Alejandro Jodorowsky is much more than an acclaimed firebrand of underground cinema. His unique career and work extends far beyond avant-garde film making and into writing, music, comics and graphic novels, performance, mime, surrealism, art, the Tarot, teaching, therapy, psychology and mysticism. Indeed, it is a difficult task to encapsulate the man with any one label as his pursuits bleed and merge artistically into one another in an organic, creative and surreal consciousness-expanding milieu where one finds an ever uncoiling universe constellating around him.
On his religious views, Jodorowsky has called himself an “atheist mystic”; a statement which just barely scratches the surface of this original and pioneering Magician. He has a profound understanding of psychology and the traumas inherited from family, along with symbology, magick, the Tarot and spiritual alchemy – all of which has enhanced his work and – through his art – opened people’s minds to some of the deeper strata of human experience. This has not always occurred in a smooth fashion for the film maker. In fact, it has often been a struggle to have a wider showing of his work and there have been more than a couple of outrages along the way.
Although not a “occult horror” film director in the conventional sense, Jodorowky’s films have caused controversy as they are often steeped in religious and occult imagery which has at times caused outrage or even been interpreted as blasphemous. His avant-garde cinematic productions such as El Topo, The Holy Mountain, and Santa Sangre – along with the more recent The Dance of Reality and Endless Poetry – express a kaleidoscope of symbolism and psychological insight that are often beautiful, unsettling, breathtaking and disturbing – all at once.
Santa Sangre (1989) may be labeled a drama / mystery, but the surrealism of the story carries it into stranger territory. A young boy, the son of a circus knife-thrower, witnesses his mother’s arms being amputated in a spectacular way as she attempts to defend her heretical cult. She survives and he learns how to become her hands for her, even killing for her.
The Holy Mountain
The Holy Mountain (1973) is a film only the ’70’s could have produced. Nothing else like it has even been attempted. It was almost impossible to even view the film for decades due to a distribution dispute, but is now widely available. John Lennon and Yoko Ono put up production money for this film. Originally, George Harrison was to play the lead role of The Fool but declined because he didn’t wish to have his bare naked ass getting washed to be projected onto the silver screen. It is a surreal, beautiful, and somewhat disturbing experience (much like life) as it follows The Fool’s Journey on the path towards mystical enlightenment. The archetypal planetary Forces are also impersonated – with all their flaws – in a 1970’s fashion which somehow feels timeless; but the surrealist imagery and occult symbols may leave any but those educated in the Arcane Arts rather baffled. Somebody commented that there is so much weird stuff going on in this film that you almost forget about all the nudity. A psychedelic shamanic trip into occult exploration.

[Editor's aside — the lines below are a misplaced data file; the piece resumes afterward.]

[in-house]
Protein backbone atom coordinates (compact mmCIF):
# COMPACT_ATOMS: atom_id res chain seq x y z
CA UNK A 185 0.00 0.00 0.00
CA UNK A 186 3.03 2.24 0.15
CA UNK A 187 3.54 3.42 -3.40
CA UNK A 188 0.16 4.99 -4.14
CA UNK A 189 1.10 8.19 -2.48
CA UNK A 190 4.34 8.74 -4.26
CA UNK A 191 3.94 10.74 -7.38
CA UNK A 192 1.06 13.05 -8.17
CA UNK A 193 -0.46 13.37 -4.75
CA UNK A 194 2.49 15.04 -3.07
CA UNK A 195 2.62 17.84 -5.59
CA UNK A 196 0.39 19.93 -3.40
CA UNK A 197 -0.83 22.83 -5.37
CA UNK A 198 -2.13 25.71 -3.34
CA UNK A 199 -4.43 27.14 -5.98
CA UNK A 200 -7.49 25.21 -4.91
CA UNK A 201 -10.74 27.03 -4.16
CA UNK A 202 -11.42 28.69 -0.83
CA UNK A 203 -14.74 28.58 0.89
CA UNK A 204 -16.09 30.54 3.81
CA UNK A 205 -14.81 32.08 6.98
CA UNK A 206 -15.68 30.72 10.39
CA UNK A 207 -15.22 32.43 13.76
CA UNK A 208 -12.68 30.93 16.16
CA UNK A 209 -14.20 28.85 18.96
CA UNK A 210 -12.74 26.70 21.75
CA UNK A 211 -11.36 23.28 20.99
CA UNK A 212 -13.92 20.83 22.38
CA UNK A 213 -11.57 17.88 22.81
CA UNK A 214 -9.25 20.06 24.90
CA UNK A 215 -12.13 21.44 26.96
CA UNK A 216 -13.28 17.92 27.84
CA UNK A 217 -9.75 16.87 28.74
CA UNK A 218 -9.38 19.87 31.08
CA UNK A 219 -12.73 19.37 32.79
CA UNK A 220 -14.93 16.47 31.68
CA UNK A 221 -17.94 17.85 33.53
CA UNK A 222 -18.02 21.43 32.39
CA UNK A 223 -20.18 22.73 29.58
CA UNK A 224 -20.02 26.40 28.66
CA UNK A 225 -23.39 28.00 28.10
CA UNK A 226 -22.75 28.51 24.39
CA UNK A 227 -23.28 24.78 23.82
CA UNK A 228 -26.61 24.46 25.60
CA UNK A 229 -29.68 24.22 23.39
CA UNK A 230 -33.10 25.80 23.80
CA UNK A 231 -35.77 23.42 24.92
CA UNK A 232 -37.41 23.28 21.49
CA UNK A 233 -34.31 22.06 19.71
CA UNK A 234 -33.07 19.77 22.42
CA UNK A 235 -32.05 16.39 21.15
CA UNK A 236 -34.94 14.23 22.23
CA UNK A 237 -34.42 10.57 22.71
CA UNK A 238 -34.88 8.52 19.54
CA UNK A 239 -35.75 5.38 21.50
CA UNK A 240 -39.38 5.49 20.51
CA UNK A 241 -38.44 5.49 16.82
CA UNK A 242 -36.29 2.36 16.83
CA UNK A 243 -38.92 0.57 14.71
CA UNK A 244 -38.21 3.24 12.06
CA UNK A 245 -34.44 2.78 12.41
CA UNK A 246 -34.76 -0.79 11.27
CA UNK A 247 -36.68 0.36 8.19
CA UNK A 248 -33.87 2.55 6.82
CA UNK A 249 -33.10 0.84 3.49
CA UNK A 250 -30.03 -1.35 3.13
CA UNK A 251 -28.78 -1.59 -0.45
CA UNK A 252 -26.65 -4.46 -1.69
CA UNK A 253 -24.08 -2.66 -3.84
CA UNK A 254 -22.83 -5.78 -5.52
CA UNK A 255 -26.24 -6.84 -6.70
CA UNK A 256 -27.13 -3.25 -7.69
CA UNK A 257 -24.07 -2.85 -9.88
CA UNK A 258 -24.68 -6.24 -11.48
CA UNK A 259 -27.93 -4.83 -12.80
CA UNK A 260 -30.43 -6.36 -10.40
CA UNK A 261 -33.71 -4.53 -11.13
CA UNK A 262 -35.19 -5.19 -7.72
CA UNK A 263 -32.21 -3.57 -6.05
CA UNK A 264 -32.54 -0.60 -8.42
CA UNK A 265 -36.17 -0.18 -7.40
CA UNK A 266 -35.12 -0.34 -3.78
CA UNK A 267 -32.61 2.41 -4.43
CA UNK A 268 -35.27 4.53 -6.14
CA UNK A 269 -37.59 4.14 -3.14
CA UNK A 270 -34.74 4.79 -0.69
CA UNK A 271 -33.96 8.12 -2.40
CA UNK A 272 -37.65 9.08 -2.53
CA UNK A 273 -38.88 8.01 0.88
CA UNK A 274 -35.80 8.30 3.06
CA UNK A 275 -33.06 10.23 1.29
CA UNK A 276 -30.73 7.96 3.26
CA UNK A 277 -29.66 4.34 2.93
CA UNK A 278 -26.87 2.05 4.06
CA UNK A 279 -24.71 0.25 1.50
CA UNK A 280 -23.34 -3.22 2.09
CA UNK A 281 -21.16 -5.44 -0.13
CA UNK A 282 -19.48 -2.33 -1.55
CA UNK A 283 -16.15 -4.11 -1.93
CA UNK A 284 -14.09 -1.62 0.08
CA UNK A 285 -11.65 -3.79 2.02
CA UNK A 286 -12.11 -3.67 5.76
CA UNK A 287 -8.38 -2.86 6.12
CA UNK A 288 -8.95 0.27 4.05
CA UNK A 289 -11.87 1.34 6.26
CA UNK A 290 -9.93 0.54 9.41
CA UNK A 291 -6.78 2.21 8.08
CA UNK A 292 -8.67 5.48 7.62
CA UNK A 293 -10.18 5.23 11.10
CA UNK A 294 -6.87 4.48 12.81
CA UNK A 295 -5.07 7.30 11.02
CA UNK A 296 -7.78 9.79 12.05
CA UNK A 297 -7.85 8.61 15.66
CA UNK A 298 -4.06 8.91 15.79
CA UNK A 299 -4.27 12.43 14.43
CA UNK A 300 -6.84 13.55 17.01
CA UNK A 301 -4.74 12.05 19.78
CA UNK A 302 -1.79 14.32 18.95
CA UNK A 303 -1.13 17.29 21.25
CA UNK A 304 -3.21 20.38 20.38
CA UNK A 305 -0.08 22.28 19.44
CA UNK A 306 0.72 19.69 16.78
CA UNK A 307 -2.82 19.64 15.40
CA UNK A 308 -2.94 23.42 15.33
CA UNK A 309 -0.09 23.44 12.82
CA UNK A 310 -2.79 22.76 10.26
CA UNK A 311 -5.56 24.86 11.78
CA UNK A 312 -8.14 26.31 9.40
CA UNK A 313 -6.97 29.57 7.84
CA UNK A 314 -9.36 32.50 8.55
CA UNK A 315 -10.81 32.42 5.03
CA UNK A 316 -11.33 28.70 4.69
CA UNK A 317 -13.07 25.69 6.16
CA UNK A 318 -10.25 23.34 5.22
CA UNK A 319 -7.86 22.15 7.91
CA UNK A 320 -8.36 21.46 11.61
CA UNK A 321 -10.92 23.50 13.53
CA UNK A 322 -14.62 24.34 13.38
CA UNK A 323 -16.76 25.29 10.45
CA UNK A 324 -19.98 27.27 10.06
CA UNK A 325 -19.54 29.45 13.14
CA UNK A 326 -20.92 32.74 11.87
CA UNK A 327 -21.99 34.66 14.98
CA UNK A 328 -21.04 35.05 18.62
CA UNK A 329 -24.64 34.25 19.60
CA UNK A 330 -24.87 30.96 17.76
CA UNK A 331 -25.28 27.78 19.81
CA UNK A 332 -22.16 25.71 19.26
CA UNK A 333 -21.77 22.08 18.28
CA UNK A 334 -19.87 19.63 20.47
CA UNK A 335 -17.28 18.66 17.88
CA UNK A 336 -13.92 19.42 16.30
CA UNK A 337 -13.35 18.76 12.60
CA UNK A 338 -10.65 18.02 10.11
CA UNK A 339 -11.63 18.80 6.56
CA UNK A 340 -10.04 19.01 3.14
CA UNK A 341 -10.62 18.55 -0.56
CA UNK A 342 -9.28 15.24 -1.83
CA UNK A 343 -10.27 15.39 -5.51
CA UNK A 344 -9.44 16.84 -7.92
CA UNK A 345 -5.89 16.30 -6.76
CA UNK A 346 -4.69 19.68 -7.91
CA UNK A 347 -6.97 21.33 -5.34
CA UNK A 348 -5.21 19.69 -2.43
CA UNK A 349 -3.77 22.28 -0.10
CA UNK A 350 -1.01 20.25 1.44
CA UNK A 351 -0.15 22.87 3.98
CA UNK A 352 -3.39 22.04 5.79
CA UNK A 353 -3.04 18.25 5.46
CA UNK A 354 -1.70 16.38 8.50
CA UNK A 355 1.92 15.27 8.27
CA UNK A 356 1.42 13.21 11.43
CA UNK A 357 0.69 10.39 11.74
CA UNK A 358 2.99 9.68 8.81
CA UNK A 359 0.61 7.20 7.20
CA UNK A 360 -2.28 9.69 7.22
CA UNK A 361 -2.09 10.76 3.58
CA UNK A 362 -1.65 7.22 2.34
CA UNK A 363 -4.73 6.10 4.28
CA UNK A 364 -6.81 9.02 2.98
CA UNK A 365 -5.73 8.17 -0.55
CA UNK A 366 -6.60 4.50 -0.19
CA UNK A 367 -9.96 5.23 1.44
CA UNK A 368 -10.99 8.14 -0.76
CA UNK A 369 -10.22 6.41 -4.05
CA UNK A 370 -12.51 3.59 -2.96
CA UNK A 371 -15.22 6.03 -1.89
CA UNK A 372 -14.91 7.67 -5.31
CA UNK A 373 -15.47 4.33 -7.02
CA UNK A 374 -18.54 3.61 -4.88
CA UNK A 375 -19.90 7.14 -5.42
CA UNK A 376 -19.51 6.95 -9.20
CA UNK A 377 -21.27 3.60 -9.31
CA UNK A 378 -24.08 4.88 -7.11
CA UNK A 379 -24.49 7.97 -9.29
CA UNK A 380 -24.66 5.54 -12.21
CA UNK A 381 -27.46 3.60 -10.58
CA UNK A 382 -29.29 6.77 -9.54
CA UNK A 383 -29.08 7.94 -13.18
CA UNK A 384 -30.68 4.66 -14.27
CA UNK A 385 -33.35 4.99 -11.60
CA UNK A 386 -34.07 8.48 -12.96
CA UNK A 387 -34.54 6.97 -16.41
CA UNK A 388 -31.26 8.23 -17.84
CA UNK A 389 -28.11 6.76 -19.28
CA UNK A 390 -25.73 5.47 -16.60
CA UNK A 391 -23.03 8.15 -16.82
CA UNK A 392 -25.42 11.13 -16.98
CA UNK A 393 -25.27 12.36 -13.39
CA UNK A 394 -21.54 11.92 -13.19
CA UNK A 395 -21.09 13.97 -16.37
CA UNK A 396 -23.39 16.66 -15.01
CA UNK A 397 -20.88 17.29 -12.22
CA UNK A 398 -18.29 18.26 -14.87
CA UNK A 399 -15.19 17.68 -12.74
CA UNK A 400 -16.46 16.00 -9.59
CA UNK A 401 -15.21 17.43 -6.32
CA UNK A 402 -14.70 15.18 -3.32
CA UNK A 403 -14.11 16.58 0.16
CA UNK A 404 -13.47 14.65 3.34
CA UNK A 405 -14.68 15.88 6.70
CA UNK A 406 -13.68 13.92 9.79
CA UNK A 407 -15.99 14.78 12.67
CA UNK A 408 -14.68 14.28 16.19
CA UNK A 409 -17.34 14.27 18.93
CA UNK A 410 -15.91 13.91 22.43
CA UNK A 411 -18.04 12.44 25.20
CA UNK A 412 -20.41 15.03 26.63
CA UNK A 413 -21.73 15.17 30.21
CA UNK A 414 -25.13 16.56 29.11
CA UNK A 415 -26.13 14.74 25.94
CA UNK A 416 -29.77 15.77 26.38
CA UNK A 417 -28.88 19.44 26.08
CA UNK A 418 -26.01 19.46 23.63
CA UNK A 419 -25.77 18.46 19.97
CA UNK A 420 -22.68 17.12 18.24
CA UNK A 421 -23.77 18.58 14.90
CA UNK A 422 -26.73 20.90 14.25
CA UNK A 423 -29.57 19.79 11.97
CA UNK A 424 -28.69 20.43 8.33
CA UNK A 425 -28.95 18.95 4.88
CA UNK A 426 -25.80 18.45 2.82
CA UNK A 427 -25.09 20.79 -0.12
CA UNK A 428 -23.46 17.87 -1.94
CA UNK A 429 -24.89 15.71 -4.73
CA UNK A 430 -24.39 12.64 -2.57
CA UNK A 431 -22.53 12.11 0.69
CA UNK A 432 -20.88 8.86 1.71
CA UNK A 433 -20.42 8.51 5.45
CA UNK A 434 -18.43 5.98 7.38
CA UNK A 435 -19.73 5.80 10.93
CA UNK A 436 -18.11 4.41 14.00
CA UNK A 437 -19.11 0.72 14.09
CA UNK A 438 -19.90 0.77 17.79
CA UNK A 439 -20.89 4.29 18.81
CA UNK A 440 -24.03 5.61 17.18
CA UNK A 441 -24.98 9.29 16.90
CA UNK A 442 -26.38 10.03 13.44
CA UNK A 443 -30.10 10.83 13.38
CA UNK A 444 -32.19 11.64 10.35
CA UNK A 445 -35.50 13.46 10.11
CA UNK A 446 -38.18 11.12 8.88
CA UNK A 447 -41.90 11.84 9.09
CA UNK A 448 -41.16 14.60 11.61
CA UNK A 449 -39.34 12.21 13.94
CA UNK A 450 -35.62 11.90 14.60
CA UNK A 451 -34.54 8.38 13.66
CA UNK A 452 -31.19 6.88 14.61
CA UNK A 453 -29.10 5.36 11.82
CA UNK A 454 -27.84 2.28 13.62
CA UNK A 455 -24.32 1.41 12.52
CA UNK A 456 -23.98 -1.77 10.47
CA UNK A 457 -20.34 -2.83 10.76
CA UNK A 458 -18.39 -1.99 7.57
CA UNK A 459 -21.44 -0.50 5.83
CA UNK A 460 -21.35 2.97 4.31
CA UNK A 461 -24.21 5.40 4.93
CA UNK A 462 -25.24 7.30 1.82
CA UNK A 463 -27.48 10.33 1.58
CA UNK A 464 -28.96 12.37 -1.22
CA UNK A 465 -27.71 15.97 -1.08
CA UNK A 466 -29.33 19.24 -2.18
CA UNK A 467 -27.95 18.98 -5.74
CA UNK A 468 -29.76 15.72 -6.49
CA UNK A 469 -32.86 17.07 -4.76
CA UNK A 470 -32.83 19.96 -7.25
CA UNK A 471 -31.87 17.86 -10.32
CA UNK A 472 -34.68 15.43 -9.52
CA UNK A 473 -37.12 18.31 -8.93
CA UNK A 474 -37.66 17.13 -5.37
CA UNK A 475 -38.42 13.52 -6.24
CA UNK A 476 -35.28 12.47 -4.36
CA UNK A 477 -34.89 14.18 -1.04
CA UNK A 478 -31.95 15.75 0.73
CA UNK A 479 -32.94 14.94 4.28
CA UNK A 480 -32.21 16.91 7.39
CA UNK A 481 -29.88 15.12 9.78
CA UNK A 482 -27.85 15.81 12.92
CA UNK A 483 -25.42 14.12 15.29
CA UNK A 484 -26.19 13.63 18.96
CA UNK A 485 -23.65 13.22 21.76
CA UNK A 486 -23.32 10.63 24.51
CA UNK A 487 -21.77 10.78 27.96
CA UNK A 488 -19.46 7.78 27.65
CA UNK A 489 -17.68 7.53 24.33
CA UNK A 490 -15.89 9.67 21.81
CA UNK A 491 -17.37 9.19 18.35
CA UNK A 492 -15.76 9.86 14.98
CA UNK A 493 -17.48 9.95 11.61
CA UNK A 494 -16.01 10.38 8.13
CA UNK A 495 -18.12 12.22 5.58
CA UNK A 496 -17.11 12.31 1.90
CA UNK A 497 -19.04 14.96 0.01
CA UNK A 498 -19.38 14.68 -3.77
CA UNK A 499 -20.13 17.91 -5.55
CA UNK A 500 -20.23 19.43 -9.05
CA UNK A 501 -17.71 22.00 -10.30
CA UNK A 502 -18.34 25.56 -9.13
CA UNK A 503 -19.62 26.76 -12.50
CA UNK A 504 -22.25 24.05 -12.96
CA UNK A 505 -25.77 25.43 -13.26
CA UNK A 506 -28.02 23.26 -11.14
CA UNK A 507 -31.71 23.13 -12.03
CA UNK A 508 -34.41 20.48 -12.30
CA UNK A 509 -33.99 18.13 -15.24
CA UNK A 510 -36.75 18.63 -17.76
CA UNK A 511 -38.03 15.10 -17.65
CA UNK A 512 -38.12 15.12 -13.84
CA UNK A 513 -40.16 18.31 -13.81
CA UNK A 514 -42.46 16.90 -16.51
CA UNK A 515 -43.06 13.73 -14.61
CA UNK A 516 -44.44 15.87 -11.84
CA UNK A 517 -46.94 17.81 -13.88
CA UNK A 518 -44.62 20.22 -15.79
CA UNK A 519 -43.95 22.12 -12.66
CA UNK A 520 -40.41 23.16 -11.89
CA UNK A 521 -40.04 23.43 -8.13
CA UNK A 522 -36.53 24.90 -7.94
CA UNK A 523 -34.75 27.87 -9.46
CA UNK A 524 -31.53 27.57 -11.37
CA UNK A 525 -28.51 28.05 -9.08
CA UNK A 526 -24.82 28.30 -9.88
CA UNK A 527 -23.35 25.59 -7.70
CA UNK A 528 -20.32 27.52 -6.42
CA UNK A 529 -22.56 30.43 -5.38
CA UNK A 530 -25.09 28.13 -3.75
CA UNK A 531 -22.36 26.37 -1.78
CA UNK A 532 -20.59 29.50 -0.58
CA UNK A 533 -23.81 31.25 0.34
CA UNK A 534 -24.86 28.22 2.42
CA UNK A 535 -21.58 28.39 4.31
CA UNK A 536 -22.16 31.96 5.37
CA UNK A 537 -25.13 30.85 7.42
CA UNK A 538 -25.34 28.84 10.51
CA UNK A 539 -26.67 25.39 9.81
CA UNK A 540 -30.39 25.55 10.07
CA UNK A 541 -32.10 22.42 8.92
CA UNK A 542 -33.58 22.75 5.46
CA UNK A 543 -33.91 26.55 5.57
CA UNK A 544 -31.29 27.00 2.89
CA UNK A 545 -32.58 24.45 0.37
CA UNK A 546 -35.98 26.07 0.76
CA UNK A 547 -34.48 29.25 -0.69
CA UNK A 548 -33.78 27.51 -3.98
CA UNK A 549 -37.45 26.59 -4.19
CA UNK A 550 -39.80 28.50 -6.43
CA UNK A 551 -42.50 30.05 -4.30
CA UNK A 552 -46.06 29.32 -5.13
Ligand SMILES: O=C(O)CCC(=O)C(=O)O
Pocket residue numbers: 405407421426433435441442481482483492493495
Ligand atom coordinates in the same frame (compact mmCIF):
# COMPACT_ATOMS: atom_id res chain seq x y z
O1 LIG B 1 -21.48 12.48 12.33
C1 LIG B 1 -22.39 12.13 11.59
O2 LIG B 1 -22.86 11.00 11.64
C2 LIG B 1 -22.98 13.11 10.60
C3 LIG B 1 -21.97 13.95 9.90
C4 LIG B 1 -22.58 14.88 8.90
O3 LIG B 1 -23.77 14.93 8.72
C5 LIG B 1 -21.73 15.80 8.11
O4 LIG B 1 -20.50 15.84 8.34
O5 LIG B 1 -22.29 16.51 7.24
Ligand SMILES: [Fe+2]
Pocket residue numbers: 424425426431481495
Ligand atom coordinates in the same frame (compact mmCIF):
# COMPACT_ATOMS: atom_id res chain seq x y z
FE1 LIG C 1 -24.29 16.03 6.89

Jodorowsky was famously set to direct a film version of Frank Herbert’s sci-fi epic novel Dune in the mid 1970’s, but the $9.5 million production would have resulted in a 14 hour movie (featuring Salvador Dali and Orson Welles). The visionary project was aborted but the unmade film is claimed to have been an influence on other actual science fiction films, such as Star Wars, Alien, Terminator, Flash Gordon, The Fifth Element and Raiders of the Lost Ark. Jodorowsky’s tremendous influence is more widely known in the French and Spanish speaking countries and to a growing cadre of English language fans.
Mr. Jodorowsky has spent a great deal of time studying the Tarot over the years and has even offered a marvelously colored “reconstructed” version of the famous Marseille pattern Tarot deck which he worked on with Philippe Camoin – descendant and heir to the guardians of the Tarot de Marseille tradition for centuries. This may be considered as the most perfect version we have of The Marseille Tarot pack. It is certainly the best colored one we’ve seen.
You have never read a book on Tarot like this before! While some of the associations and interpretations Jodorowsky offers in his Way of Tarot book may surprise and perplex some who study and practice Tarotmancy or “Tarotology”, It is nothing short of genius and will be an exercise in psychological expansion and spiritual unfoldment for any serious occultist who spends some time reflecting on what is presented in the book.
Anyone wishing to go beyond Jodorowsky’s films and delve deeper into the mind of this occult genius must check out his amazing books The Way of Tarot and Psychomagic.